your energy(Lyubomirsky, 2001).

The surest route to happiness is quality social relationships. With many today feeling
overwhelmed and living through “just in time” schedules where every second is accounted for,
resources are scant. If people aim to become happier as effectively and efficiently as possible,
then people should put energy into family, friends, romantic partners, and colleagues.
Researchers assert that social relationships may be the “greatest single cause” of happiness. In
1992 and 1999, Myers concluded that individuals in close relationships report better physical,
mental, and emotional quality of life, as well as more adaptive coping responses to stress and
adversity. If people aim to be happy, they should enjoy a latte at Starbucks while catching up with
an old buddy. Social relationships matter (Lu et al, 2001)!

In the late 1970’s and early 1980’s, Michael Fordyce attempted to increase empirically
happiness with his 14 “fundamentals for happiness.” Aside from cognitive interventions (e.g.,
“develop positive, optimistic thinking”), participants were instructed to “keep busy and be more
active,” “get better organized and plan things out,” “spend more time socializing,” and behave in
ways consistent with the idea that “close relationships are the number one source of happiness”.
Participants reported that although the cognitive interventions were extremely instrumental in
enhancing their happiness, the other interventions related to socializing were also deemed just as
effective. This was psychology’s first glimpse at the powerful effects of volitional activity on
happiness (Lee et al, 1999).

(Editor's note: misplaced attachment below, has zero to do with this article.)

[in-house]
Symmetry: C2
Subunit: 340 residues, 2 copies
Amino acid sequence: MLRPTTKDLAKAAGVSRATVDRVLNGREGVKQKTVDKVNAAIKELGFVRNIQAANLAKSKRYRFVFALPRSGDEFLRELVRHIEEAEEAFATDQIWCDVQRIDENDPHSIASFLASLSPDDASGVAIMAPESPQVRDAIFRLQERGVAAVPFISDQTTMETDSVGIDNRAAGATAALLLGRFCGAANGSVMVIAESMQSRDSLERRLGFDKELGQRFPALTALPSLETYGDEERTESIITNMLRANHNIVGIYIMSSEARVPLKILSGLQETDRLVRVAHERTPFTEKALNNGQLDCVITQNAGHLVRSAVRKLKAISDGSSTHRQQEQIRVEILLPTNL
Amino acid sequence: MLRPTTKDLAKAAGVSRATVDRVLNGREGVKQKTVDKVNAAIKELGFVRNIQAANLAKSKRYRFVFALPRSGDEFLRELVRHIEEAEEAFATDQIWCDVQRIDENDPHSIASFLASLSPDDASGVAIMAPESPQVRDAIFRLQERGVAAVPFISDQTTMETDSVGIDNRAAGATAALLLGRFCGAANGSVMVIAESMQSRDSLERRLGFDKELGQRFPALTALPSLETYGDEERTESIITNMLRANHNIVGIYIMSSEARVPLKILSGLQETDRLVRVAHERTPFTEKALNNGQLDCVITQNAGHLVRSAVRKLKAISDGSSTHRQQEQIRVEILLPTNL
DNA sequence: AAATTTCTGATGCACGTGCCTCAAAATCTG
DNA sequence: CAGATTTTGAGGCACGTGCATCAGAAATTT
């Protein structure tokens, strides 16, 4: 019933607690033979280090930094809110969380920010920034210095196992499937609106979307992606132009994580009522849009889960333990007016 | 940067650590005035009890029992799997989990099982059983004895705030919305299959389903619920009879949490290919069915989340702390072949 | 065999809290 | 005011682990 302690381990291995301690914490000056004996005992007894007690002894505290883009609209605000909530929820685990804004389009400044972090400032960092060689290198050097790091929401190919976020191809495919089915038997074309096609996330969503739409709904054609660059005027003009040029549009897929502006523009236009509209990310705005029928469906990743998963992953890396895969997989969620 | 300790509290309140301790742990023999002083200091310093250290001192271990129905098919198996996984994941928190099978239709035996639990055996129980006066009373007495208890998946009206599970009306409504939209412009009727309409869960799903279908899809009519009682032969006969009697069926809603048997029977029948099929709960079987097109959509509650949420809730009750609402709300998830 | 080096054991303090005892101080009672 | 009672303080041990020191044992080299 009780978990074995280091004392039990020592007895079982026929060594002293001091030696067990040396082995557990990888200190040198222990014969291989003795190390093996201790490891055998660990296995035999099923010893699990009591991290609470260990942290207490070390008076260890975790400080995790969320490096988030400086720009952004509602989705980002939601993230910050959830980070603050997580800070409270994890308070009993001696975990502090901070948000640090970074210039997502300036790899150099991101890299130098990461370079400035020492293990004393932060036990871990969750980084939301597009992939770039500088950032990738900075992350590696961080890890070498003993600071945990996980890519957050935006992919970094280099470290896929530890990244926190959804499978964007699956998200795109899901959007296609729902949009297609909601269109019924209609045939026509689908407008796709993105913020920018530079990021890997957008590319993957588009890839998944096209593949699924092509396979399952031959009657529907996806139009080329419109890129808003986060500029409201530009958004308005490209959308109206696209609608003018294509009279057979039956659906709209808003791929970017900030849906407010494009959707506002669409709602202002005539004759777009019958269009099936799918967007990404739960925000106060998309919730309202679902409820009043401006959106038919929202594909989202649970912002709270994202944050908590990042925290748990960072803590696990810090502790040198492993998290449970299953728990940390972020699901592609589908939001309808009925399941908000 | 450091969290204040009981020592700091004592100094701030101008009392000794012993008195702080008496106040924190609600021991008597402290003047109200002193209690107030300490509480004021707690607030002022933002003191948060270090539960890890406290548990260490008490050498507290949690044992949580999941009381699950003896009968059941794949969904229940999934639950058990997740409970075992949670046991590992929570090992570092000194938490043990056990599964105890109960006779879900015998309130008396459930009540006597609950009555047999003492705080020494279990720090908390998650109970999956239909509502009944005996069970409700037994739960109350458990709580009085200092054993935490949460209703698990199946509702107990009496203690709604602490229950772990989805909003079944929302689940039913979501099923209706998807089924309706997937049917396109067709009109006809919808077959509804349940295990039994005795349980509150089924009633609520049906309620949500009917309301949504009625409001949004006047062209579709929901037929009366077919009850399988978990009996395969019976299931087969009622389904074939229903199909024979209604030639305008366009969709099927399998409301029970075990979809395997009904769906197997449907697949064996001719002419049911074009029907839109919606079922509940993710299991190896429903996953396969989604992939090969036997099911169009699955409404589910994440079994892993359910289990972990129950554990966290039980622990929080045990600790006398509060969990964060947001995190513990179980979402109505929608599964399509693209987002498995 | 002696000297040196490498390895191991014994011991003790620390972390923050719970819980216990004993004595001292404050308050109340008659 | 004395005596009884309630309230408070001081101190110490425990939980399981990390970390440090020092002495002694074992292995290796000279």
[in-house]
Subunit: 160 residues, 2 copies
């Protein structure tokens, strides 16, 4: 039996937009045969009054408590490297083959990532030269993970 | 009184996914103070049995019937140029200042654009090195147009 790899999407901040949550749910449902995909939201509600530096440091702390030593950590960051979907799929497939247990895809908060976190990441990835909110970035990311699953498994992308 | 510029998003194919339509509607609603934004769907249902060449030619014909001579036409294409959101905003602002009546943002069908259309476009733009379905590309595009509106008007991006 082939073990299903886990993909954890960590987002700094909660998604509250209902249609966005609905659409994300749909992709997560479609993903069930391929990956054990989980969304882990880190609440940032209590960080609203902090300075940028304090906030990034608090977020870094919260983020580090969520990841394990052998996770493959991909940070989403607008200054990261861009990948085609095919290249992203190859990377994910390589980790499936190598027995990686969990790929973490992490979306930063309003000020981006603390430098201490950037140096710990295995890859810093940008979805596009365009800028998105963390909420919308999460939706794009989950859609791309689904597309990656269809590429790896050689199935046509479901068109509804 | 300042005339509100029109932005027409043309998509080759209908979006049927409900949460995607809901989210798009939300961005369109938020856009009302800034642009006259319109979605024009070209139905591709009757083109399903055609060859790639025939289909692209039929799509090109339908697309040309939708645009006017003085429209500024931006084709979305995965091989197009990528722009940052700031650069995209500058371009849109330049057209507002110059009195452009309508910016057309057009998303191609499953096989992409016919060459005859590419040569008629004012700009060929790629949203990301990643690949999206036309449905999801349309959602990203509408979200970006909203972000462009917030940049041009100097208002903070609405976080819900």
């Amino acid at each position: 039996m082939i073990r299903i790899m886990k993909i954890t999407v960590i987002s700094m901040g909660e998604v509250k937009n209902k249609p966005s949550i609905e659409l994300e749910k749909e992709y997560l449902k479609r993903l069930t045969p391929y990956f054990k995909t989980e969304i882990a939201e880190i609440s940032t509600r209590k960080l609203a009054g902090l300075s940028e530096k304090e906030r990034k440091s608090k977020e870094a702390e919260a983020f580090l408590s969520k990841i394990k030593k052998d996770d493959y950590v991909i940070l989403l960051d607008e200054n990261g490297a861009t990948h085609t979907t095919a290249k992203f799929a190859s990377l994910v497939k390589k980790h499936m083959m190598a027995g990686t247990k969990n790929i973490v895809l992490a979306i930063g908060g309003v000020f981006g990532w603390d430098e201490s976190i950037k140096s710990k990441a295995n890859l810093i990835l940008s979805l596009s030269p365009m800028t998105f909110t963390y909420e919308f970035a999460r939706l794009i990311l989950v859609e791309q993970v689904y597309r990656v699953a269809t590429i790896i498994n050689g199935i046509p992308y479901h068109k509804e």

Lyubomirsky and colleagues are the prominent figures in uncovering the mystery to
achieving sustainable happiness. Research demonstrates a strong relationship between kindness
and self-reported happiness. When kind to others, we may feel a greater sense of
interconnectedness, more confidence in our ability to help, and pride. Kindness seems like a
perfect prescription for happiness (Kim et al, 2007).

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Elevation is a positive emotion described as a warm, uplifting feeling people experience

when they see others unexpectedly act prosocially. College students induced to feel elevation
reported wanting to help others more than students either induced to feel happy or neutral
emotions. a meta-analysis of over 300 happiness found that the relationship between kindness and
happiness appears bi-directional. While kindness leads to happiness, happiness may also lead to
kindness. If the goal is to increase kindness, data support inducing either elevation or happiness
(Izquierdo, 2005).

In 2004 reserchers experimentally investigated random acts of kindness. College students

were randomly assigned to 1 of 2 conditions. Half were asked to perform five random acts of
kindness a week for 6 weeks. Examples of such random acts included dropping coins into a
stranger’s parking meter, donating blood, or visiting a sick relative. The other half served as
controls and just completed the measures at pre and post-test. The controls experienced a
decrease in well-being over the 6-week period and those who conducted random acts of kindness